Business press and retail observers place most of the blame for Sears’ – and Kmart’s – demise on Eddie Lampert, the hedge fund magnate. According to the latest from BusinessWeek, “… years of underinvestment and dismantling under the stewardship of its would-be savior, hedge fund manager Eddie Lampert, also helped bring the company to this moment: it’s sprawling suburban headquarters on the block, signature brands including Craftsman and DieHard sold, and most of the jobs that Lampert’s purchase was supposed to preserve gone.” The general opinion is Mr. Lampert’s extraordinary talent for financial engineering and management by cost-cutting, of which he was the beneficiary, put Sears and Kmart into their vicious vortexes of death. Continuing in its analysis, BusinessWeek states the unfortunate situation that led to Sears’ demise was this, “Effectively, Sears was Lampert, and Lampert was Sears—pouring hundreds of millions of dollars into the company but also reaping hundreds of millions from interest, fees and asset sales.”

From a brand standpoint, Sears is a classic case of death by brand mismanagement. Let’s look at how Sears became a barely alive brand to its owners but an-already-dead brand to its customers.   

First, arrogance is a killer characteristic

Success is everybody’s aim. Sears had decades of successful retail dominance. From its beginnings in 1893, Sears was America’s mall.  With expertise in selling everything Americans could want (America’s Everything Store) with storied, trusted brands such as Kenmore, DieHard and Craftsman, Sears was the Amazon of its time. The Sears catalog was ubiquitous in American homes; yesterday’s version of long-distance, not-in-person shopping.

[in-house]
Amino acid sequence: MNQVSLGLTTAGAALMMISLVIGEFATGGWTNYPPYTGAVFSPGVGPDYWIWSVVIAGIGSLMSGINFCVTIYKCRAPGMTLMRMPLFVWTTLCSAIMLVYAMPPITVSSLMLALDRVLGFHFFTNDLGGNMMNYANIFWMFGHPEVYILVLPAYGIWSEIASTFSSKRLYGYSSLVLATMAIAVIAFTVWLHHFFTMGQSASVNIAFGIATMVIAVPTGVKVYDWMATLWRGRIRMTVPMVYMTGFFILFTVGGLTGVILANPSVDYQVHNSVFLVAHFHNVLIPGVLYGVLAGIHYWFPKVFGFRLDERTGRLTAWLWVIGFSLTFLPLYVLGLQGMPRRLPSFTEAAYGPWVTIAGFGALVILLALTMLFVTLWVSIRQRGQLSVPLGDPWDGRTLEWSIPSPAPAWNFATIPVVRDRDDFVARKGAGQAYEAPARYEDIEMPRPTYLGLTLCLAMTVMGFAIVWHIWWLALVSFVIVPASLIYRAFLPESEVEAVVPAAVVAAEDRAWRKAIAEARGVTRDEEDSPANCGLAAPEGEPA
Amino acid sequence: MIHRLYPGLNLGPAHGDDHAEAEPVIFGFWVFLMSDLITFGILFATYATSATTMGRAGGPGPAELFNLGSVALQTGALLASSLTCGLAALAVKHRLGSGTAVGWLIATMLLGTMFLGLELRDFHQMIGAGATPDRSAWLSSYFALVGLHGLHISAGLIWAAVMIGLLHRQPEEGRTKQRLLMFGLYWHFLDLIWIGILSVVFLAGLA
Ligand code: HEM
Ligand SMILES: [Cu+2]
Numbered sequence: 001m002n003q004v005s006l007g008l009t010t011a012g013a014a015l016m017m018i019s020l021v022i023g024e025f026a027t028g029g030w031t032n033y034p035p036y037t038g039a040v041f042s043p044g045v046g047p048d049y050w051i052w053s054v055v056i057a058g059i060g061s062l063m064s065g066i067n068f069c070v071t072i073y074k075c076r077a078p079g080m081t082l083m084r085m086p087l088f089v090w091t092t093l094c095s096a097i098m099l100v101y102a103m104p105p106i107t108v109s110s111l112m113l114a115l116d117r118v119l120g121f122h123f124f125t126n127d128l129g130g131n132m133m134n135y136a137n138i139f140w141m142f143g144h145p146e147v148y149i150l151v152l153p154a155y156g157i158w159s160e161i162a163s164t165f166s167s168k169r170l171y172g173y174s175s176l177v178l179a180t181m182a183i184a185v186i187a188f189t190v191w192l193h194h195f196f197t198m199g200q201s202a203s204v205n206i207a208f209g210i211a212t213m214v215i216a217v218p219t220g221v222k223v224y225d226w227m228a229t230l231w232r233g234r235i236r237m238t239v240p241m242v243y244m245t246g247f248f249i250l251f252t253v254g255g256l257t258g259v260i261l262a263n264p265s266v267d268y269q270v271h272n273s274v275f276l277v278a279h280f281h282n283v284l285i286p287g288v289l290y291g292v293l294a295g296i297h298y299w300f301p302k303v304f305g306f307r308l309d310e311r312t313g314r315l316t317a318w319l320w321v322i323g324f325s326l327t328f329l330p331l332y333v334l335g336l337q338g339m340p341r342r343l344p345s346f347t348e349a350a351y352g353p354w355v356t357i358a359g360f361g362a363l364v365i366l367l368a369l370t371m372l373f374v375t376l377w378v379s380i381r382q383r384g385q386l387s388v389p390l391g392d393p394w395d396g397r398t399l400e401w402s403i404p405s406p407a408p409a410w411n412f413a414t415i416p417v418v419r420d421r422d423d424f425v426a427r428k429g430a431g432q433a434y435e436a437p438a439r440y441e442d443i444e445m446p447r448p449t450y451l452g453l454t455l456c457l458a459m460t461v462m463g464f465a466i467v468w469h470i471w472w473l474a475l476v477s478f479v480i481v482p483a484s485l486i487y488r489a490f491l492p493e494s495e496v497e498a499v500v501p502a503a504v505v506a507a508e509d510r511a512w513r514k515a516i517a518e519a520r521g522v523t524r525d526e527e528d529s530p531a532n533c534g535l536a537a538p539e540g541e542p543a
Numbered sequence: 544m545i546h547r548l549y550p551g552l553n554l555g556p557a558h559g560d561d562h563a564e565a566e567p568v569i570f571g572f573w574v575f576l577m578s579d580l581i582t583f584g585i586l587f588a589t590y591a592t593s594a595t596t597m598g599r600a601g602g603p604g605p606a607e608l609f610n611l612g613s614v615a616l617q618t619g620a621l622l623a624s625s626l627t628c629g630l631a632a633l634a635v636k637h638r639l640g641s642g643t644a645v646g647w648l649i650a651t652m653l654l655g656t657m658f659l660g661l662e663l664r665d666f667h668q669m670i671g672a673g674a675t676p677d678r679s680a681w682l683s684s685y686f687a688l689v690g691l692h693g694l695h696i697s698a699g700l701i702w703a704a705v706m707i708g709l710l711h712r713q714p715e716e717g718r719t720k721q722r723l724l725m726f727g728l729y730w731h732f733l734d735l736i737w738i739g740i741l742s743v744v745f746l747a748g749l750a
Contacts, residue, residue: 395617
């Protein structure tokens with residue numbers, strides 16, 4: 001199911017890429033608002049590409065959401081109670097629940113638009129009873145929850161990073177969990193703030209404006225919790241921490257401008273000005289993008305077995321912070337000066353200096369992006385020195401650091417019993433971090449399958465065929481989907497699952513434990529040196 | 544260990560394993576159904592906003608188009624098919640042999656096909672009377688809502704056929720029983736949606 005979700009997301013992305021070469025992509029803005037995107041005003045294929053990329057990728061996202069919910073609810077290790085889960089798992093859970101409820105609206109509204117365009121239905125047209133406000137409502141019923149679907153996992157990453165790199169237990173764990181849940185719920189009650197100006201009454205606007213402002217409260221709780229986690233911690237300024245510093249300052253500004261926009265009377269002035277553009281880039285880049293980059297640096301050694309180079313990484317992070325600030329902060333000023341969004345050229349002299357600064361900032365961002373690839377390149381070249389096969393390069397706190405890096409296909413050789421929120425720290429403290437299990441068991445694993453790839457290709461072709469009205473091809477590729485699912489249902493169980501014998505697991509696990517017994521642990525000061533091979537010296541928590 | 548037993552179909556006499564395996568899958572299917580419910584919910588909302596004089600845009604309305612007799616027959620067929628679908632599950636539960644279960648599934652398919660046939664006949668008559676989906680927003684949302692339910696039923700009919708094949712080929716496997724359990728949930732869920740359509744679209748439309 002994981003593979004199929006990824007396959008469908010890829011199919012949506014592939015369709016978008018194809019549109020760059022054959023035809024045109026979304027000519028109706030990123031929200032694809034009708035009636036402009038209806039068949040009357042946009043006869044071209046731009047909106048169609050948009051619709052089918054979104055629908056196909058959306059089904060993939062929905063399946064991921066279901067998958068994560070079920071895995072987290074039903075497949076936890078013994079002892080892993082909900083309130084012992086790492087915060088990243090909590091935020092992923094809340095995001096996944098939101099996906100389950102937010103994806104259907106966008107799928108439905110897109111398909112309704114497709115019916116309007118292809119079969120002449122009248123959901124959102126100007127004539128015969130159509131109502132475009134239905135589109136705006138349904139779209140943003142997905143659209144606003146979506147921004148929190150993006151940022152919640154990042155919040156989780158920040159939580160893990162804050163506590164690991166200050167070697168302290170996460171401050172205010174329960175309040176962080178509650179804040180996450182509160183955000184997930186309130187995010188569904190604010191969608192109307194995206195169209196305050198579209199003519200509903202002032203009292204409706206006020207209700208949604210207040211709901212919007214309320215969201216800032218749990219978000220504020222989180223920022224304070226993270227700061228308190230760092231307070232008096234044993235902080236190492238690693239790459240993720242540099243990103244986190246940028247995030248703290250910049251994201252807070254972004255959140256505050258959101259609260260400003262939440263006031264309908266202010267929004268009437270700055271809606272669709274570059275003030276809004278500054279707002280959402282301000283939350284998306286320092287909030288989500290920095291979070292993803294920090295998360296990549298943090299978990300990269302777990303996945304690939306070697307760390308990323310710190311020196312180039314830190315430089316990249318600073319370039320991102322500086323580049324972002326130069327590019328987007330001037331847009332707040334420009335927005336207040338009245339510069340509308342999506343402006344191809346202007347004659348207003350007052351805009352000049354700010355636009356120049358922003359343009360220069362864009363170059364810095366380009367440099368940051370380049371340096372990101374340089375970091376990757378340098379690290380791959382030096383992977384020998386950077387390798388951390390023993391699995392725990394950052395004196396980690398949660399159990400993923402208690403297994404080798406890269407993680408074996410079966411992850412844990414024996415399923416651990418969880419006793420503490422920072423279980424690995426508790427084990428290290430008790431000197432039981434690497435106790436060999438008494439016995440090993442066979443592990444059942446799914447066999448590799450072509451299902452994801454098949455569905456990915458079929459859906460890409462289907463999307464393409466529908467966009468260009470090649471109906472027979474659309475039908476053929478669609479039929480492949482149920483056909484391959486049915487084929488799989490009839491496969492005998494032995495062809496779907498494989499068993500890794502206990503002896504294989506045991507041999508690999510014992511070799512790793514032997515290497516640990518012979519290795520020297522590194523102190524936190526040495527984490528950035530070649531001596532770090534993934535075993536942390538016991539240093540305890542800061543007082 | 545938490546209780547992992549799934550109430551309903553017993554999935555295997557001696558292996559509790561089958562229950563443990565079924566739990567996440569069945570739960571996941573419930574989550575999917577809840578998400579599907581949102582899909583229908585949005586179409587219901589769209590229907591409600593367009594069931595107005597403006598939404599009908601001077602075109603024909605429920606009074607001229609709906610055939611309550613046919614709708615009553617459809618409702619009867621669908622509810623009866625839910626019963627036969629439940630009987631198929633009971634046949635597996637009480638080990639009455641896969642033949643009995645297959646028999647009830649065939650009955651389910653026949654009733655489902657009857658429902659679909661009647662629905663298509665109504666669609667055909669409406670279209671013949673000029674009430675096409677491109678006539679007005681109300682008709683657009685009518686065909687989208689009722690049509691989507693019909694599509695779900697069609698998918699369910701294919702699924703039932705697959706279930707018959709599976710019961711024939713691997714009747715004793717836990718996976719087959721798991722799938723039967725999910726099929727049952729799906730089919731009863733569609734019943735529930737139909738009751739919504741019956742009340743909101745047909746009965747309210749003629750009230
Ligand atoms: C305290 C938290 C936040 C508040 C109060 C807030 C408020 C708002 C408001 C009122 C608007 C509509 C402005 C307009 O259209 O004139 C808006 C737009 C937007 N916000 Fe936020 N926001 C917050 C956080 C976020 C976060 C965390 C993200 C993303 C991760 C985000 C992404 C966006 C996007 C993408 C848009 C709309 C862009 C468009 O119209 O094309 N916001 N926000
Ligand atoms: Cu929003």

However, this great success fueled arrogance. Sears’ management’s mentality was that it could do no wrong. Sears believed it could sell anything and everything. Its retail outlets featured real estate (Coldwell Banker), financial services expertise (Dean Witter Reynolds) and Discover credit card. The diversity of these brands led to management taking its eyes off of the Sears brand. In a blink of an eye, Walmart became America’s brick-and-mortar everything store. Nothing Mr. Lampert’s team did changed Sears’ trajectory.

Thinking that you know everything and can sell anything is admirable. But, it is also dangerous. A review of Boeing and its tragic 737 Max crashes cites arrogance as one of the factors leading to Boeing’s being toppled from its top perch in aviation. The downfall of crypto exchange FTX is also a lesson in arrogance.

Avoiding arrogance takes effort on the part of leadership. Great leadership means fighting the inclination to focus on oneself rather than the customer and the brand. The leader who creates a culture of arrogance by letting success go to the and egos of managers is a leader who is more committed to self rather than brand.